On the surface, it sounds like it could lead to some interesting anecdotes, stories about tours with bands like, uh, the Ramones, but nooo… Yeah, they mention some of that but mostly it’s just a bunch of really nasty back biting and harsh attacks. That Kim Fowley and the subsequent managers employed were probably the sleaziest fuckers in showbiz I have no doubt and it’s good to expose that; especially that really disturbing “Kim Fowley’s Sex Education” incident which various members recall differently and became the hot topic of controversy in Cherie Currie’s autobiography. But there’s no victory at all! It’s just trashy Entertainment Tonight style shit talking!
Even during the Japanese tours and success stories, there is still an air of tragedy throughout. Blue interviews every other member except for Jett for obvious reasons. Although she technically didn’t interview Kim Fowley since he made some absurd demands like insisting on singing his interview answers and then licensing them (?!), Blue managed to secure some VH1 interview footage. They also interview Jackie Foxx’s and Cherrie Currie’s parents and Suzi Quatro as well.
There is a little bit in there about the music; “Cherry Bomb” was written on the spot at their first rehearsal, Lita Ford was influenced by Jimi Hendrix and Ritchie Blackmore and could wail on the “Highway Star” guitar solo, their producers didn’t trust certain bass players to play in the studio, half the members wanted to be a metal band while the other half wanted to be punky glam – a musical difference that helped break up the group – and several members patterned themselves off their individual idols; Jett was Suzi Quatro, Currie was Bowie even though it seems she more has the macho rock swagger of a Roger Daltry or Robert Plant, Ford I guess was Ritchie Blackmore and Foxx apparently wanted to be Gene Simmons (?!). That’s the kind of shit I wanted to learn about; not how the members all shacked up with each other.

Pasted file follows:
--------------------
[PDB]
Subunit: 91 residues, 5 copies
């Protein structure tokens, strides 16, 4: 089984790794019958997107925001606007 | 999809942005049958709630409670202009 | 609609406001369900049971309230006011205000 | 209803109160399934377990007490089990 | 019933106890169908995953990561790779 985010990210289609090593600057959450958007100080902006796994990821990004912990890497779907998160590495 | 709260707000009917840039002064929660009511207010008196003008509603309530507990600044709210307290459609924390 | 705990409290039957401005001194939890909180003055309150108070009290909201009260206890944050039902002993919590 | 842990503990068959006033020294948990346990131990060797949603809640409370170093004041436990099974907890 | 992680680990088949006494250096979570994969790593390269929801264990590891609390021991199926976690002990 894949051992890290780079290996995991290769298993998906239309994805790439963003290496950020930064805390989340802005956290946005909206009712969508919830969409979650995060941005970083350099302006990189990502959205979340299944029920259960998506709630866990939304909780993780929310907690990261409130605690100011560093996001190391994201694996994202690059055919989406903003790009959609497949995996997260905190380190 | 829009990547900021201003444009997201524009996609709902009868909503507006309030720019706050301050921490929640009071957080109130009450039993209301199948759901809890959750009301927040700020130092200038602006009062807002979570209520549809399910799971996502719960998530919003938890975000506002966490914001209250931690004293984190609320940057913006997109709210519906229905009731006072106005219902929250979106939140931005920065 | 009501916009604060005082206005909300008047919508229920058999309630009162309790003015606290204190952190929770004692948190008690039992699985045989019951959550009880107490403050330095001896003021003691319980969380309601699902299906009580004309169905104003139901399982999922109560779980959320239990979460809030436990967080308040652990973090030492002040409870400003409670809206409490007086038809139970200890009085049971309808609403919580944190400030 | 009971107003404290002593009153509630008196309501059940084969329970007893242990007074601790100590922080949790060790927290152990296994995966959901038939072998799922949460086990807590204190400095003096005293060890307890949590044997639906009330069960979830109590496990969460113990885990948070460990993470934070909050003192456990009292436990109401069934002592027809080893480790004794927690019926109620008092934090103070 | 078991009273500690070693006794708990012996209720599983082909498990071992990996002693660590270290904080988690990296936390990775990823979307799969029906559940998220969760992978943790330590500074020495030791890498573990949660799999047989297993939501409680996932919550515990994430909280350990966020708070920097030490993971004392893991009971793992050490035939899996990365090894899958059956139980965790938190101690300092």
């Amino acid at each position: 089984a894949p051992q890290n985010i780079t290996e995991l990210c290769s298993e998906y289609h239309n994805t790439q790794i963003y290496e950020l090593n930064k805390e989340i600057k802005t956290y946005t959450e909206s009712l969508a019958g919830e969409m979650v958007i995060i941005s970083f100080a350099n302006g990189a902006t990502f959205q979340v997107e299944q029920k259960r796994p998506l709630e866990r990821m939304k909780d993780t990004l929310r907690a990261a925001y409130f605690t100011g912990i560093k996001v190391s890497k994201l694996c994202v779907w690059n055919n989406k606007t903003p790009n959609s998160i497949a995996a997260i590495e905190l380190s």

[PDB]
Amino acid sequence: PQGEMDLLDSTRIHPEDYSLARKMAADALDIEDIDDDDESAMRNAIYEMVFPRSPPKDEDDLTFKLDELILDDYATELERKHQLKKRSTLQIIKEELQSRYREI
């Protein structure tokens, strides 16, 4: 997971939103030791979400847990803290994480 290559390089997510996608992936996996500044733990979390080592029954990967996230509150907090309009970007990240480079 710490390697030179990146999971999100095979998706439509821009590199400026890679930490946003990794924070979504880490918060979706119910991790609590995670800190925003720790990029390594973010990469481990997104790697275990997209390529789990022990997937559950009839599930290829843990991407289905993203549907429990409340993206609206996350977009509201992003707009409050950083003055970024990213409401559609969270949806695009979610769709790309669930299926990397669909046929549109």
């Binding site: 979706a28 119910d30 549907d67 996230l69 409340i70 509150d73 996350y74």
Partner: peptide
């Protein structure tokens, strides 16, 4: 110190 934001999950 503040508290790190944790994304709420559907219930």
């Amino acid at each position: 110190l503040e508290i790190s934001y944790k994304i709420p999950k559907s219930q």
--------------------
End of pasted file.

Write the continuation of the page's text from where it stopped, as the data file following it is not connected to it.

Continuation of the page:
And, as mentioned earlier, we don’t get any original Runaways music; the closest we get are their covers of “Rock ‘n’ Roll” by the Velvet Underground and “Wild Thing” by the Troggs. Instead the needlessly grainy interview footage and otherwise poorly shot film is spiced up with god-fucking-awful hair metal that was written and/or performed by Lita Ford and Suzi Quatro explicitly for the movie. And it NEVER stops! The music just keeps playing in the background as if on loop! I’m not kidding! How could Suzi Quatro – responsible for “Glycerine Queen” – make such lousy music?
So that’s the story of the Runaways; six teenage girls got thrown into the music industry machine of sleaze, sex, drugs, rape, unwanted pregnancies, attempted suicides, physical attacks and broken Nikon cameras and got spit out and that was it. Also, apparently, Sandy West shoved loaded guns down people’s throats and broke people’s arms for loan sharks. How cute. No but obviously Lita Ford, Joan Jett and, to a somewhat lesser extent, Cherie Currie launched successful careers and good for them. But if you’re looking for a film about women triumphing in the male dominated rock ‘n’ roll music industry, don’t look here.